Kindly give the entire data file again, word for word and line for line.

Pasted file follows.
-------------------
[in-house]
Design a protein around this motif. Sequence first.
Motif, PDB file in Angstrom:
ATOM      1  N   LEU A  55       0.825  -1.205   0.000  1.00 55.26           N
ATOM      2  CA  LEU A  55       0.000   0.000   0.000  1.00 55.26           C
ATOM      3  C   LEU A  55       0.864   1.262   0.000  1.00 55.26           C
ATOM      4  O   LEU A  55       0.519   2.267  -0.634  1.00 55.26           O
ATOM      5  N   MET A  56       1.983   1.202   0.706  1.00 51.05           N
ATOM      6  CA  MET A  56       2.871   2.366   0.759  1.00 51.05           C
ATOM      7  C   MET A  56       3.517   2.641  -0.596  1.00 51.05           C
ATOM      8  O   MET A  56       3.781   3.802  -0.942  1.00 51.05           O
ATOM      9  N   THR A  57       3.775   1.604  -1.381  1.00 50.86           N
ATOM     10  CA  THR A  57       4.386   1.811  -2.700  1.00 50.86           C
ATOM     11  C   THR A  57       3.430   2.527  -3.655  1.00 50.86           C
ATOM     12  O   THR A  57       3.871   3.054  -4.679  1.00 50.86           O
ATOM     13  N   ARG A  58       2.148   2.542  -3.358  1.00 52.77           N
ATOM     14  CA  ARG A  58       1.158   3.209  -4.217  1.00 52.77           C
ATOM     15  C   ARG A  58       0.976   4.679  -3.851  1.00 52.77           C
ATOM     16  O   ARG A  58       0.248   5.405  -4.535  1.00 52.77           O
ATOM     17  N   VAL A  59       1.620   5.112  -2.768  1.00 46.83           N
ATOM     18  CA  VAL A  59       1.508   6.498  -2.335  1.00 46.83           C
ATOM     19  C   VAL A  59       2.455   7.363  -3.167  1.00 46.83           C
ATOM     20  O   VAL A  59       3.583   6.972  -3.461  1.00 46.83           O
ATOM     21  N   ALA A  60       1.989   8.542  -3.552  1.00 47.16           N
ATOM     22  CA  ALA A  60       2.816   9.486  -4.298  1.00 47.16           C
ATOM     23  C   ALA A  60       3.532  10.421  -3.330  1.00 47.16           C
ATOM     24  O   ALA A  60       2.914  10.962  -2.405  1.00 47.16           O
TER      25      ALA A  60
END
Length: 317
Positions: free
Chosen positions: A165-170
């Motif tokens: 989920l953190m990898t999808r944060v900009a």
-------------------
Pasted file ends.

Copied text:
[in-house]
Design a protein around this motif. Sequence first.
Motif, PDB file in Angstrom:
ATOM      1  N   LEU A  55       0.825  -1.205   0.000  1.00 55.26           N
ATOM      2  CA  LEU A  55       0.000   0.000   0.000  1.00 55.26           C
ATOM      3  C   LEU A  55       0.864   1.262   0.000  1.00 55.26           C
ATOM      4  O   LEU A  55       0.519   2.267  -0.634  1.00 55.26           O
ATOM      5  N   MET A  56       1.983   1.202   0.706  1.00 51.05           N
ATOM      6  CA  MET A  56       2.871   2.366   0.759  1.00 51.05           C
ATOM      7  C   MET A  56       3.517   2.641  -0.596  1.00 51.05           C
ATOM      8  O   MET A  56       3.781   3.802  -0.942  1.00 51.05           O
ATOM      9  N   THR A  57       3.775   1.604  -1.381  1.00 50.86           N
ATOM     10  CA  THR A  57       4.386   1.811  -2.700  1.00 50.86           C
ATOM     11  C   THR A  57       3.430   2.527  -3.655  1.00 50.86           C
ATOM     12  O   THR A  57       3.871   3.054  -4.679  1.00 50.86           O
ATOM     13  N   ARG A  58       2.148   2.542  -3.358  1.00 52.77           N
ATOM     14  CA  ARG A  58       1.158   3.209  -4.217  1.00 52.77           C
ATOM     15  C   ARG A  58       0.976   4.679  -3.851  1.00 52.77           C
ATOM     16  O   ARG A  58       0.248   5.405  -4.535  1.00 52.77           O
ATOM     17  N   VAL A  59       1.620   5.112  -2.768  1.00 46.83           N
ATOM     18  CA  VAL A  59       1.508   6.498  -2.335  1.00 46.83           C
ATOM     19  C   VAL A  59       2.455   7.363  -3.167  1.00 46.83           C
ATOM     20  O   VAL A  59       3.583   6.972  -3.461  1.00 46.83           O
ATOM     21  N   ALA A  60       1.989   8.542  -3.552  1.00 47.16           N
ATOM     22  CA  ALA A  60       2.816   9.486  -4.298  1.00 47.16           C
ATOM     23  C   ALA A  60       3.532  10.421  -3.330  1.00 47.16           C
ATOM     24  O   ALA A  60       2.914  10.962  -2.405  1.00 47.16           O
TER      25      ALA A  60
END
Length: 317
Positions: free
Chosen positions: A165-170
């Motif tokens: 989920l953190m990898t999808r944060v900009a």